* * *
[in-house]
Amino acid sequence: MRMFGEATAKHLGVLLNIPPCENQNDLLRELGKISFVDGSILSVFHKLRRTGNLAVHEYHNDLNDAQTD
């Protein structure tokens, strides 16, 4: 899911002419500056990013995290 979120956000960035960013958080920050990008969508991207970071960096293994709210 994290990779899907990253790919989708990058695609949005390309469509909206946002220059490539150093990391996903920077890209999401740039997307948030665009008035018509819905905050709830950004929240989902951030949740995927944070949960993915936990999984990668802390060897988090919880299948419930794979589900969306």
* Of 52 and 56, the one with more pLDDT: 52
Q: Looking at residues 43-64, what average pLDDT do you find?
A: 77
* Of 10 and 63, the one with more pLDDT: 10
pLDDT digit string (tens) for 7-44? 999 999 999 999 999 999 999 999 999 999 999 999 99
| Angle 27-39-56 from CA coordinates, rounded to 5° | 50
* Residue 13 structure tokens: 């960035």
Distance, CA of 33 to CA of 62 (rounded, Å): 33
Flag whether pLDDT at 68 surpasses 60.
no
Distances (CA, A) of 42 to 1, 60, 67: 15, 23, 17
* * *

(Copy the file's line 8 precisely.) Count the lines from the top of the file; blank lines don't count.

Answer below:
pLDDT digit string (tens) for 7-44? 999 999 999 999 999 999 999 999 999 999 999 999 99